Number 17, Cherry Tree Lane in London is an address that will sound familiar to many who grew up in the 20th century and who might have been great readers in their childhood and who may remember — either or both — the Mary Poppins books and film.
Number 17 was of course where the Banks family lived and where Mary Poppins turned up to look after the children in her magical but no-nonsense manner. The nanny with a very good opinion of herself (“practically perfect in every way”) was created by the author P.L. Travers, and immortalised on the screen by the charming Julie Andrews in the 1964 film musical. This was a film that many people (who were children in the decades since then) grew up on repeat screenings of, and whose songs many viewers loved and knew by heart — ‘A Spoonful of Sugar’, ‘Chim Chimmeny’, ‘Supercalifragilistis’, ‘Let’s Go Fly a Kite’, etc. And this year Mary Poppins returned — or sort of.
A new film Mary Poppins Returns sees the charming Emily Blunt take over the Mary Poppins role, and come back to Cherry Tree Lane many years after her initial stint. The original Banks children, Jane and Michael are grown ups, with Michael now struggling to look after his own three children. In flies Mary Poppins with her parrot-handled umbrella and carpet bag, bringing back some of the old magic (forgotten by Jane and Michael now that they’ve become grown ups) — to provide stability to the children and help bring the family together.
The thing about this sequel is that it’s really just a delightful trip down memory lane for people my age. It does what the two recent Paddington Bear films did, except that while those did appeal to young audiences this one is less likely to. One of the main reasons for this is that the film is far too long (130 minutes) and also it delivers nothing in terms of songs to remember. The singing it does have is more like sung dialogue than actual song and all the numbers and lyrics are thoroughly forgettable. This is a pity as the music always starts out with great promise and resonates with sounds from the original but then doesn’t manage to build on this resonance.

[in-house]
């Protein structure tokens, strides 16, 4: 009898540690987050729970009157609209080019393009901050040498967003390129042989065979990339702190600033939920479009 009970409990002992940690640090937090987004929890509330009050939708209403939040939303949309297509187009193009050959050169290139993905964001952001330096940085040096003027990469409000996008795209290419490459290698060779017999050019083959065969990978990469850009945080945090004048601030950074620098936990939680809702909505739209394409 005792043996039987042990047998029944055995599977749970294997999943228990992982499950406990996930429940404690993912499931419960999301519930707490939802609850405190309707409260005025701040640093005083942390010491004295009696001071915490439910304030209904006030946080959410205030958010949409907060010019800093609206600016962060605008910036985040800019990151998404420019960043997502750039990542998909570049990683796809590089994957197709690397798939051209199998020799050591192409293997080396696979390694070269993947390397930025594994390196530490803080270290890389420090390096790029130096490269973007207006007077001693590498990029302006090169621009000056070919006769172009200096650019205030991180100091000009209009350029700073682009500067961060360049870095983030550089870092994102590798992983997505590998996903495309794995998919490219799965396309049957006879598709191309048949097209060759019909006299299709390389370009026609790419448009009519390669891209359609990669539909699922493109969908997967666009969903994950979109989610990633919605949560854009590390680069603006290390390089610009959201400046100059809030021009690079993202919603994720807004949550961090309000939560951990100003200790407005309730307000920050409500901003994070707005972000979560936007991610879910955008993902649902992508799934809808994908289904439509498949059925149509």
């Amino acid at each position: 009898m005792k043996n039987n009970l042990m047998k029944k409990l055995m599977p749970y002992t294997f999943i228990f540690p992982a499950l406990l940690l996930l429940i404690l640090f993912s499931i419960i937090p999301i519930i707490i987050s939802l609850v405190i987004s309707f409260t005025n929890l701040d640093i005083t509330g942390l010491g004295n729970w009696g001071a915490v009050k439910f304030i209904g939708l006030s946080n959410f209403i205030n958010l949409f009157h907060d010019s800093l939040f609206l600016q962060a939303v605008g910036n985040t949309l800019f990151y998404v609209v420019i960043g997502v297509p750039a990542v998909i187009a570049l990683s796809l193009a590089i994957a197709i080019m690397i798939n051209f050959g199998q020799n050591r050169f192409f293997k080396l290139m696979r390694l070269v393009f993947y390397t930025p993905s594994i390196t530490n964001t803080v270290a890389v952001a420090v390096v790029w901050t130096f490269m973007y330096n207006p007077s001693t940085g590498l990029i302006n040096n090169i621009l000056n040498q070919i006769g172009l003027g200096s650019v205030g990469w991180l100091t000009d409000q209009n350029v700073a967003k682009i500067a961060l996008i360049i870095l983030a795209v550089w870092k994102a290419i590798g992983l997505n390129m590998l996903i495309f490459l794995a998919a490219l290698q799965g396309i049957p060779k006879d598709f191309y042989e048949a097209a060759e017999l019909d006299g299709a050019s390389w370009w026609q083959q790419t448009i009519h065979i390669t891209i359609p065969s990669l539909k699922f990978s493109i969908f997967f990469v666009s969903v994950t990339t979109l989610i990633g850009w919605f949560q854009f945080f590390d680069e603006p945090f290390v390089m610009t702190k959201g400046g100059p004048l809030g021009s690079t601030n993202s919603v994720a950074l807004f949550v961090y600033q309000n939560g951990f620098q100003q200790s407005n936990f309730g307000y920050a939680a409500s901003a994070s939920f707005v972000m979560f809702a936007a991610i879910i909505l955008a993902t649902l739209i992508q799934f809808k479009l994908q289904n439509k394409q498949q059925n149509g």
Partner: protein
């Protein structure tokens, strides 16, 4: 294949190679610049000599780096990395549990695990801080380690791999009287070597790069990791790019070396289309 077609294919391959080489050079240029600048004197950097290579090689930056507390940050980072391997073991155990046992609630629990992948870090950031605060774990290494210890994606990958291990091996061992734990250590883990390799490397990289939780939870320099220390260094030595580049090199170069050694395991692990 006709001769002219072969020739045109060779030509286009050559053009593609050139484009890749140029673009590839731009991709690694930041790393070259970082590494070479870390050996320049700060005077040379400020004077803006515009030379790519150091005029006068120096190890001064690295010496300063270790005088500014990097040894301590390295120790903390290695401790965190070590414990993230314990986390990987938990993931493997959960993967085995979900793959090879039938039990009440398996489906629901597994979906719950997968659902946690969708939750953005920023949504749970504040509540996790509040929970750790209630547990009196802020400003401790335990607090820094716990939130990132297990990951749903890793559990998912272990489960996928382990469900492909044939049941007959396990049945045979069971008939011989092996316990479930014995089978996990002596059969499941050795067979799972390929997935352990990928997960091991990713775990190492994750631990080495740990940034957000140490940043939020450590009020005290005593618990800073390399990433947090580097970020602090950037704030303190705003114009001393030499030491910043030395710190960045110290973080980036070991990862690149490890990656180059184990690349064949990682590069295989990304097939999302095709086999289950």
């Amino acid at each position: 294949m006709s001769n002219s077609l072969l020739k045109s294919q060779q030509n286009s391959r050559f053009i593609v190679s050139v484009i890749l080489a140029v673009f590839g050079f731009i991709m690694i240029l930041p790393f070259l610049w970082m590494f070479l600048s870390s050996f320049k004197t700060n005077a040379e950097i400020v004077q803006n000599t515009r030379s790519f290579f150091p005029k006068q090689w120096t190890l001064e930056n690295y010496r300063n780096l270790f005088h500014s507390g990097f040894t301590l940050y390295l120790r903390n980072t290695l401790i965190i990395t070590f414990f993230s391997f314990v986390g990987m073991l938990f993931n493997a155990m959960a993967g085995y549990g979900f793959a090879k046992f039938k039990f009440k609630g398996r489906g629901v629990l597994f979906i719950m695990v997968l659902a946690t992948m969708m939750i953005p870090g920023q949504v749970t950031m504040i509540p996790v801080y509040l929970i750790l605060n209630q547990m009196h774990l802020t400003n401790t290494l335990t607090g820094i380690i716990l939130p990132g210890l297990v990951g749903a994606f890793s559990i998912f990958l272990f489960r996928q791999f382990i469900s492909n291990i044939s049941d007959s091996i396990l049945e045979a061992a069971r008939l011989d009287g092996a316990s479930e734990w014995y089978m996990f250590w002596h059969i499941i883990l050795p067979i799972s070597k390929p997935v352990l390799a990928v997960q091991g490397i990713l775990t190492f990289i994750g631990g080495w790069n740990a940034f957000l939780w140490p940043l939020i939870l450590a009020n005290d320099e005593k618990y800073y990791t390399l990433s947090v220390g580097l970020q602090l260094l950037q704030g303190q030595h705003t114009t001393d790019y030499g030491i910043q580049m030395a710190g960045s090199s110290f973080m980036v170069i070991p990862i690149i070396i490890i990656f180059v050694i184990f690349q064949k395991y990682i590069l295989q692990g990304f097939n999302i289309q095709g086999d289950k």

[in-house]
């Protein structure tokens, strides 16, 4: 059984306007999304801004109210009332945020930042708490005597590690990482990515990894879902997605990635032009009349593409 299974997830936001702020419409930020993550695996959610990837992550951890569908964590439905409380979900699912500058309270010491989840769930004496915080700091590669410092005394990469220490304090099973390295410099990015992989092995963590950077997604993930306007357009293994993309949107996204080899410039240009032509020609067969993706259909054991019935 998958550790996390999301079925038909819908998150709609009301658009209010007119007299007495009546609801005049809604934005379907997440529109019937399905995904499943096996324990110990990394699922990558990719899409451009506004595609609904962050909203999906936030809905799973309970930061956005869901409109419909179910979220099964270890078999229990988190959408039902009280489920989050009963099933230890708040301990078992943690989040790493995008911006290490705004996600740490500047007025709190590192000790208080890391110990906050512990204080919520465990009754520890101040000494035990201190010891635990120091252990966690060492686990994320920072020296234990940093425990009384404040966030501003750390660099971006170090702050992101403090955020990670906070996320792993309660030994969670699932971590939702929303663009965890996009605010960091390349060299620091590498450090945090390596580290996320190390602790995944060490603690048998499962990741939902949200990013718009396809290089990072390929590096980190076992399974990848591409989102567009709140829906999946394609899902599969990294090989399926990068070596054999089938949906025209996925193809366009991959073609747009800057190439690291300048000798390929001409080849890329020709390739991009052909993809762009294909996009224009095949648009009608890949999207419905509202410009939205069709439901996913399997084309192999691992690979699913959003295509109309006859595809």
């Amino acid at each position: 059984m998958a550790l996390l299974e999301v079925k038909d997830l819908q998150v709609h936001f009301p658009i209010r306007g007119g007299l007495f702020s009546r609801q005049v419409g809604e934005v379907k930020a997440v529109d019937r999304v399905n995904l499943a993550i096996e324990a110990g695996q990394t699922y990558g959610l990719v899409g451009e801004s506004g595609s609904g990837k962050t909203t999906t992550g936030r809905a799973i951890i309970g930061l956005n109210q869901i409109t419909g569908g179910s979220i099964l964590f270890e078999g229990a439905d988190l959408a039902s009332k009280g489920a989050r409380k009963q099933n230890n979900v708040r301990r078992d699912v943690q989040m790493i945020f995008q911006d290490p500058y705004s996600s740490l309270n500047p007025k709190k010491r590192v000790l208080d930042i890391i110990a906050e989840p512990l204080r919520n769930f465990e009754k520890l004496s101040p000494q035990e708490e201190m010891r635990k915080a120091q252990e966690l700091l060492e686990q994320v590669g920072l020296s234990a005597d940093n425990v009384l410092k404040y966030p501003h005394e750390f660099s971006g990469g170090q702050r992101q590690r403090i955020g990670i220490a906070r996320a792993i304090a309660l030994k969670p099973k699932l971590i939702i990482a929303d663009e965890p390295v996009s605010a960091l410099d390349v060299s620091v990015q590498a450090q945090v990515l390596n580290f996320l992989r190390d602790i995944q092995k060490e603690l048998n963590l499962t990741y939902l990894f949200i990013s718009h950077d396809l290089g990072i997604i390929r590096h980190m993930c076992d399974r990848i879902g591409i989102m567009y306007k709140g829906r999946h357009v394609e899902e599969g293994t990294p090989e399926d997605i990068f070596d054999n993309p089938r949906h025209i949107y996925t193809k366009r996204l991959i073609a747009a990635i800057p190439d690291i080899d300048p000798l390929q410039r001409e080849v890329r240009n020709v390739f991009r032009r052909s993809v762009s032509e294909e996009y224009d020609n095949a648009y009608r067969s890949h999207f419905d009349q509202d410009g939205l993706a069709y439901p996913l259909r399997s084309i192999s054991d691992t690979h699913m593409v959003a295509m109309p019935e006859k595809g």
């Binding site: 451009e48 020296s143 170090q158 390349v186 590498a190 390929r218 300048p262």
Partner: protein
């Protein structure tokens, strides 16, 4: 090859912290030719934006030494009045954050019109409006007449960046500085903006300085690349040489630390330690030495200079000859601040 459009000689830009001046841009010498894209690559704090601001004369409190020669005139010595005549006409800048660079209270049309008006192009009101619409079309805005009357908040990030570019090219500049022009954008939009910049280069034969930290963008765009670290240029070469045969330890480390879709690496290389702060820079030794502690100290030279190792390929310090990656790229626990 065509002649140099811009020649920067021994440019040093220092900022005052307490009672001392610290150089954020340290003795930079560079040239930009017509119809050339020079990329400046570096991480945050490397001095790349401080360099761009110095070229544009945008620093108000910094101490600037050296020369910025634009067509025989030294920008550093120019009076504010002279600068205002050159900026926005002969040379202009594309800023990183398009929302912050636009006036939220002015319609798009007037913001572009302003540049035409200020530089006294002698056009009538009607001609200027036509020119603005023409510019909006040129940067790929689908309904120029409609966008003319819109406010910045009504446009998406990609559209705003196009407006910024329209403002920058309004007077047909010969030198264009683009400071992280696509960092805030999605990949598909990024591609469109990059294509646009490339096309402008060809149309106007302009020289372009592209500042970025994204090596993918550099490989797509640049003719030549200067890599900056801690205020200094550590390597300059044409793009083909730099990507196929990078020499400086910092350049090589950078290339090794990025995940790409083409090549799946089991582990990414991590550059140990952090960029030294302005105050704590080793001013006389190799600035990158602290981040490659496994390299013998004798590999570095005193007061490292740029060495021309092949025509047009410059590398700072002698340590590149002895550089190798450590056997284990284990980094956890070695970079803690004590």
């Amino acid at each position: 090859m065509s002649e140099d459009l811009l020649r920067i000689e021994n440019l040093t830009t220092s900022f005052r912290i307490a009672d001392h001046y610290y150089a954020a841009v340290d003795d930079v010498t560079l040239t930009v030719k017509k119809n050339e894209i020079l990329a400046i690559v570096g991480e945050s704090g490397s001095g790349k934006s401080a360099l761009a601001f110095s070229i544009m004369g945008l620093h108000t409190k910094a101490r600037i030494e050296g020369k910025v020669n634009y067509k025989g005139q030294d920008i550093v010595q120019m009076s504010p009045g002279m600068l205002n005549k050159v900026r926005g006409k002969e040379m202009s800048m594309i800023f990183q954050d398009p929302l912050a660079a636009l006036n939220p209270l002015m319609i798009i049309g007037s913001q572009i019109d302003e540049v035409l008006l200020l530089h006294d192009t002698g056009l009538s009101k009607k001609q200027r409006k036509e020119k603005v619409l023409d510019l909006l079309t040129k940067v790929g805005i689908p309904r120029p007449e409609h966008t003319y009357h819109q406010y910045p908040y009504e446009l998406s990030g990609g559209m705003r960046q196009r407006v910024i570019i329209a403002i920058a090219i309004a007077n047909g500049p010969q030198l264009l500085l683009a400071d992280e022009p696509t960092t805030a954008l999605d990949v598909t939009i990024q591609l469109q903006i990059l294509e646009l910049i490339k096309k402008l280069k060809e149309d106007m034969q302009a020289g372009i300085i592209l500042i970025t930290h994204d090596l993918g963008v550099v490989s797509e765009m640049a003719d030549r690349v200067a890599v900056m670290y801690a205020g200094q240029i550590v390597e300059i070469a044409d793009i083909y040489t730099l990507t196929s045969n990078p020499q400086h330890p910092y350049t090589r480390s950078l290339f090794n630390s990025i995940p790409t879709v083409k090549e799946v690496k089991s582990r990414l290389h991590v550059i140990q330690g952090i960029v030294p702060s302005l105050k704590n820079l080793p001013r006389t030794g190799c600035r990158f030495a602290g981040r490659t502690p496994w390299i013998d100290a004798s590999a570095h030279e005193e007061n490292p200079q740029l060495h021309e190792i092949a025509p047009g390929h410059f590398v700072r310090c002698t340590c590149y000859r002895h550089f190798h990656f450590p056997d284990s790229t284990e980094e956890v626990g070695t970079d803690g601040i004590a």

The other reason is some of the casting. Although the actor playing the youngest child impresses, the other two fail. And the actor playing the Bert replacement — Jack the lamplighter — doesn’t really have much screen presence at all, he is extraordinarily bland. Of course if you want screen presence, well that is more than adequately provided by Meryl Streep, Colin Firth, Angela Lansbury and, astonishingly, by Dick Van Dyke who played Bert in the original movie. Dick Van Dyke at 93 cuts a sprightly figure in his lovely energetic cameo — but overall the blandness of some of the other casting affects the movie badly.
Blunt however does make a great Mary Poppins and Emily Mortimer and Ben Whishaw are both solid as Jane and Michael.
Despite all this, the movie did very well at the box office after its Christmas holiday release but what is not clear is whether it is because it was popular with children — or mostly with their parents and grandparents. I went to see it with a friend my age, no kids in sight.
The interesting thing about the film is the nostalgia trend it reflects, it follows on the heels of the Paddington and Marvel comics films, so it really seems as if the Baby Boomer generation is yearning for some of the moral and social certainties provided by the fiction they turned to in their youth.
As the world seems to collapse into disunity and hostility and Trump inspired nationalist/fascist rhetoric and xenophobia, it seems we all feel the need for some feel-good, happy escapism where good really does triumph over evil. Ah, the fiction…